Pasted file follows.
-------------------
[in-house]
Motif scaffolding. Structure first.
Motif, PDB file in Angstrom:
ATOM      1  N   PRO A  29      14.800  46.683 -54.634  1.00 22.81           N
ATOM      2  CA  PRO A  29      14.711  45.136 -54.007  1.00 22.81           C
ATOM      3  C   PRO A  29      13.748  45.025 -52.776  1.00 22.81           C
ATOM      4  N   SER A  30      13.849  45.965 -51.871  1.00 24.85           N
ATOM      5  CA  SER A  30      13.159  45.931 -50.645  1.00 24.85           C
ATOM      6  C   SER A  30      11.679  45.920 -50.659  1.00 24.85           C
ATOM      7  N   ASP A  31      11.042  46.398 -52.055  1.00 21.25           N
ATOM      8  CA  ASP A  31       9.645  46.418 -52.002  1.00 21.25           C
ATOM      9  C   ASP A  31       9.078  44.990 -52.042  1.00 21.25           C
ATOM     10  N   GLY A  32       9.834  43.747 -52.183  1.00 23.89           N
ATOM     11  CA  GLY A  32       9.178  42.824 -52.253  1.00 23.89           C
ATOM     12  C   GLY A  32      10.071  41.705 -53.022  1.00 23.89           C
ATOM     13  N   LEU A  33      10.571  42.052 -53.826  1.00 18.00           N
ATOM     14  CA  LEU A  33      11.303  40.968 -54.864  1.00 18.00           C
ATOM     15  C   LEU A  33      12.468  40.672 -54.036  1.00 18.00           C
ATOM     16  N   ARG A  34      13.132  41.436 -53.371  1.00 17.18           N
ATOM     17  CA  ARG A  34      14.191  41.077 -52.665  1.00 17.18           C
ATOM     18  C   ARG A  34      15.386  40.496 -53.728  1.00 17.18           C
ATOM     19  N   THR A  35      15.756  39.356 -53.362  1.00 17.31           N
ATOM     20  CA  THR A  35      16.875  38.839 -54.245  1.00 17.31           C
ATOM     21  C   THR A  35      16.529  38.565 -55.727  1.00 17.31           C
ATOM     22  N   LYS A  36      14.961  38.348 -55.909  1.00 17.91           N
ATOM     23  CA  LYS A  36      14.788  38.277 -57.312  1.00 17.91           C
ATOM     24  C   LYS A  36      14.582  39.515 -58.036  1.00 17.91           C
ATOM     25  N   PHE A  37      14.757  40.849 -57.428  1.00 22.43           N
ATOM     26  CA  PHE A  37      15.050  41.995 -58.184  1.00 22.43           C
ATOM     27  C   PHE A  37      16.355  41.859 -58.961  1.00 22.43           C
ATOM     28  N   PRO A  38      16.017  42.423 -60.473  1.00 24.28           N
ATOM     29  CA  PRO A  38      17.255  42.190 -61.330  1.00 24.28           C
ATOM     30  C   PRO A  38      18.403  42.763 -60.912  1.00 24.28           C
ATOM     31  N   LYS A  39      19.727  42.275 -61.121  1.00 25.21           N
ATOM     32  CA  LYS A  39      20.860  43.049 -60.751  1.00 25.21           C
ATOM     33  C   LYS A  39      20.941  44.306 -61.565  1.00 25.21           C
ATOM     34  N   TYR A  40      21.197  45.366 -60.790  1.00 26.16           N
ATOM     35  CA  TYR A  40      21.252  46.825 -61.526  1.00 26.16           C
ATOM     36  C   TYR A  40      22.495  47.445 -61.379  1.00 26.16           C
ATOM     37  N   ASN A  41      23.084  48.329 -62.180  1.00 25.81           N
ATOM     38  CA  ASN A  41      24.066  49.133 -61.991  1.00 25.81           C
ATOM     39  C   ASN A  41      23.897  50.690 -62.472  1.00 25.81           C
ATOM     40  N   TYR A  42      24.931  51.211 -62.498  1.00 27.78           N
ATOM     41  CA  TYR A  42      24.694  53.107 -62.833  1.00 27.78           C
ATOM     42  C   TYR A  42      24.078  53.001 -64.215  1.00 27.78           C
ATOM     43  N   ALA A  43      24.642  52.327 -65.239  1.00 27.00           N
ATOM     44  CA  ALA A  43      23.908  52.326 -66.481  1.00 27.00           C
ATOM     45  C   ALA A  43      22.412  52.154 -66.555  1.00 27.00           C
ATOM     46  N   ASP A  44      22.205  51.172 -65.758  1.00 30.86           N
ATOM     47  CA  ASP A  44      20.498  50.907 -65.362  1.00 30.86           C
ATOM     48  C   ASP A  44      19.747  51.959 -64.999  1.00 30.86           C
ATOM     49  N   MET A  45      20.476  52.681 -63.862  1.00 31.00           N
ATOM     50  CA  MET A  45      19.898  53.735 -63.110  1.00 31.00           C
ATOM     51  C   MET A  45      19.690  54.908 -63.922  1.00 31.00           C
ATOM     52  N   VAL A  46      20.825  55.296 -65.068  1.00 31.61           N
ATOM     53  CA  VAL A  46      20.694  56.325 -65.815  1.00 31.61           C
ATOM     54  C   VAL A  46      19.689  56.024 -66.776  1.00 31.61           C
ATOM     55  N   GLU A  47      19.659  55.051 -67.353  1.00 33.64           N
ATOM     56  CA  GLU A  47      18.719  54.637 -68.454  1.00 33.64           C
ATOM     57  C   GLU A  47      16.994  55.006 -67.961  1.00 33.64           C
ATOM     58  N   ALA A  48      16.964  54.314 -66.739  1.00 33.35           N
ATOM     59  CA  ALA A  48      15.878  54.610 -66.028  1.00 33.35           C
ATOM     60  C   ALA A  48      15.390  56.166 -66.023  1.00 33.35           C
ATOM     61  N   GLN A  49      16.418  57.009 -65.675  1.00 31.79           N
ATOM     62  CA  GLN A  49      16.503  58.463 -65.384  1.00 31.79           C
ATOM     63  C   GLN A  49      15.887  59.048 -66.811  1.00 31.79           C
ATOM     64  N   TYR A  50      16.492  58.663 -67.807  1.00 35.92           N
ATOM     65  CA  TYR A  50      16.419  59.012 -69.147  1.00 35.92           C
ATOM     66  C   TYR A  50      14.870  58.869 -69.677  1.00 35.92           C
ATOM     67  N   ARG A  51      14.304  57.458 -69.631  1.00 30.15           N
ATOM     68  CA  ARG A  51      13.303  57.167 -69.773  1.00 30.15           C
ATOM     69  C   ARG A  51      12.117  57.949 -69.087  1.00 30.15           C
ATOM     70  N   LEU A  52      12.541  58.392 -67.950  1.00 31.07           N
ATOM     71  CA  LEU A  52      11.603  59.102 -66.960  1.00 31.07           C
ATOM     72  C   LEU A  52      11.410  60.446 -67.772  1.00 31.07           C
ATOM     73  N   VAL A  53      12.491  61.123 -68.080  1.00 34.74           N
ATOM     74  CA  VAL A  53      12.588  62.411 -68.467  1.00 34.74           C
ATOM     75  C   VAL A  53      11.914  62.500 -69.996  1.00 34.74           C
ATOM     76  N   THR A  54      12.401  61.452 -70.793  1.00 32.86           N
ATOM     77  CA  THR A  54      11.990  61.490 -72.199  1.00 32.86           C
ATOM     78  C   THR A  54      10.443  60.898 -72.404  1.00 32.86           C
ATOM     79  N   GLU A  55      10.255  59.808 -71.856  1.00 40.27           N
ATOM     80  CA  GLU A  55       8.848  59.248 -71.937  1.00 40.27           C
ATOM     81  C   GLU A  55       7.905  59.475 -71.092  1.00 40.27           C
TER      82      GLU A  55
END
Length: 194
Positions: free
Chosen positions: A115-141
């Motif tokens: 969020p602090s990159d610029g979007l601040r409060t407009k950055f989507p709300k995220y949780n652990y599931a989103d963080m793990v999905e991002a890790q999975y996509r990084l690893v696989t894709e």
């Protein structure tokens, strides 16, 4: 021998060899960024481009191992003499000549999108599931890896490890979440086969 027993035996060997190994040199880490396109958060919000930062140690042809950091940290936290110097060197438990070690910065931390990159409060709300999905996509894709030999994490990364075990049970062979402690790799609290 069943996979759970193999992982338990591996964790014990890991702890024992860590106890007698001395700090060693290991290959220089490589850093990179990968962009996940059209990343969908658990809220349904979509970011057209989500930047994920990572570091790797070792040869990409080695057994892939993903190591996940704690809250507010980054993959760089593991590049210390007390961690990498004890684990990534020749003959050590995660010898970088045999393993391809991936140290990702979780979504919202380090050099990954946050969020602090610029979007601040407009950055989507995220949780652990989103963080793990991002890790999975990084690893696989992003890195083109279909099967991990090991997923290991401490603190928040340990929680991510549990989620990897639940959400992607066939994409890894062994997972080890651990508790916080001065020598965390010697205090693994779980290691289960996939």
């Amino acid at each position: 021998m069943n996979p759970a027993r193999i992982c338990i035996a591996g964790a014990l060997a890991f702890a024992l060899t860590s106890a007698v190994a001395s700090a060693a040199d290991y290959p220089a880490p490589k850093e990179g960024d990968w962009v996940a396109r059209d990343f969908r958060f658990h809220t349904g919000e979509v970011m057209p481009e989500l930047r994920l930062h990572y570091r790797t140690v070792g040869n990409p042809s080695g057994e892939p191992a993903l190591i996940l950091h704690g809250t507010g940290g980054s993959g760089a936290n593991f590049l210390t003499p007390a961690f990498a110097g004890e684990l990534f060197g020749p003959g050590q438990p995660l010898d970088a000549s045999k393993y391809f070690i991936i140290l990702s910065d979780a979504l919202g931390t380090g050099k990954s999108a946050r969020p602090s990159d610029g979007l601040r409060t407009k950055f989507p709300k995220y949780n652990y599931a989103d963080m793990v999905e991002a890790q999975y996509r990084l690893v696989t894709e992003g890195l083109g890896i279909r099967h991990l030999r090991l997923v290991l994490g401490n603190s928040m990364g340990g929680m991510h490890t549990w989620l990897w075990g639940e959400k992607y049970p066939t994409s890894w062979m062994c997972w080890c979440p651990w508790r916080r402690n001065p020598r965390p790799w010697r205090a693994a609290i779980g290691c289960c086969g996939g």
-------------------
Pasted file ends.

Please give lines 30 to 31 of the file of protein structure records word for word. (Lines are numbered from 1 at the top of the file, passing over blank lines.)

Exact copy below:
ATOM     27  C   PHE A  37      16.355  41.859 -58.961  1.00 22.43           C
ATOM     28  N   PRO A  38      16.017  42.423 -60.473  1.00 24.28           N